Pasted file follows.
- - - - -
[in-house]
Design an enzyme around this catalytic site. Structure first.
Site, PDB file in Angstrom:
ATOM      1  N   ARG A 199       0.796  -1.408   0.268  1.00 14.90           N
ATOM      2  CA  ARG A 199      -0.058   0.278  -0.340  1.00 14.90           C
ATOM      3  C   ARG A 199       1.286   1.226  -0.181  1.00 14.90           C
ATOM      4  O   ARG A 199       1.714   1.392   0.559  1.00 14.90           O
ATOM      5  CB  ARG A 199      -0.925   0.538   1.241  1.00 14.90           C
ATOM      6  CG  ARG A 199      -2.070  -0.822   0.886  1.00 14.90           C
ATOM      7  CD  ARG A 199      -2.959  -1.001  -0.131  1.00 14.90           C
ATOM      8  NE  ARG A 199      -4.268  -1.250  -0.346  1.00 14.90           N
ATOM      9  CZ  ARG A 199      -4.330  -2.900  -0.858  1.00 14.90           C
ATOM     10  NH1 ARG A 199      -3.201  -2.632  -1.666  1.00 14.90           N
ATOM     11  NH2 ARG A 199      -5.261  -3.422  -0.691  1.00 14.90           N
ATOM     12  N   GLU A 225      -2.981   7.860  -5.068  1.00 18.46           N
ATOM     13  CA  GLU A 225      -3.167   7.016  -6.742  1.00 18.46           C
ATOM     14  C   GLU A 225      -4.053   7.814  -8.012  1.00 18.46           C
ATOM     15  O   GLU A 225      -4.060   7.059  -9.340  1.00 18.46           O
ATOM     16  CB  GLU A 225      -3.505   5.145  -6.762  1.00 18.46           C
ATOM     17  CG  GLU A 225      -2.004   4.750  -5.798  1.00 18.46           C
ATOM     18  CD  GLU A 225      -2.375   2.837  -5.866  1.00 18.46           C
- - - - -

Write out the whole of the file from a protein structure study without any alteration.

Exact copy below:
[in-house]
Design an enzyme around this catalytic site. Structure first.
Site, PDB file in Angstrom:
ATOM      1  N   ARG A 199       0.796  -1.408   0.268  1.00 14.90           N
ATOM      2  CA  ARG A 199      -0.058   0.278  -0.340  1.00 14.90           C
ATOM      3  C   ARG A 199       1.286   1.226  -0.181  1.00 14.90           C
ATOM      4  O   ARG A 199       1.714   1.392   0.559  1.00 14.90           O
ATOM      5  CB  ARG A 199      -0.925   0.538   1.241  1.00 14.90           C
ATOM      6  CG  ARG A 199      -2.070  -0.822   0.886  1.00 14.90           C
ATOM      7  CD  ARG A 199      -2.959  -1.001  -0.131  1.00 14.90           C
ATOM      8  NE  ARG A 199      -4.268  -1.250  -0.346  1.00 14.90           N
ATOM      9  CZ  ARG A 199      -4.330  -2.900  -0.858  1.00 14.90           C
ATOM     10  NH1 ARG A 199      -3.201  -2.632  -1.666  1.00 14.90           N
ATOM     11  NH2 ARG A 199      -5.261  -3.422  -0.691  1.00 14.90           N
ATOM     12  N   GLU A 225      -2.981   7.860  -5.068  1.00 18.46           N
ATOM     13  CA  GLU A 225      -3.167   7.016  -6.742  1.00 18.46           C
ATOM     14  C   GLU A 225      -4.053   7.814  -8.012  1.00 18.46           C
ATOM     15  O   GLU A 225      -4.060   7.059  -9.340  1.00 18.46           O
ATOM     16  CB  GLU A 225      -3.505   5.145  -6.762  1.00 18.46           C
ATOM     17  CG  GLU A 225      -2.004   4.750  -5.798  1.00 18.46           C
ATOM     18  CD  GLU A 225      -2.375   2.837  -5.866  1.00 18.46           C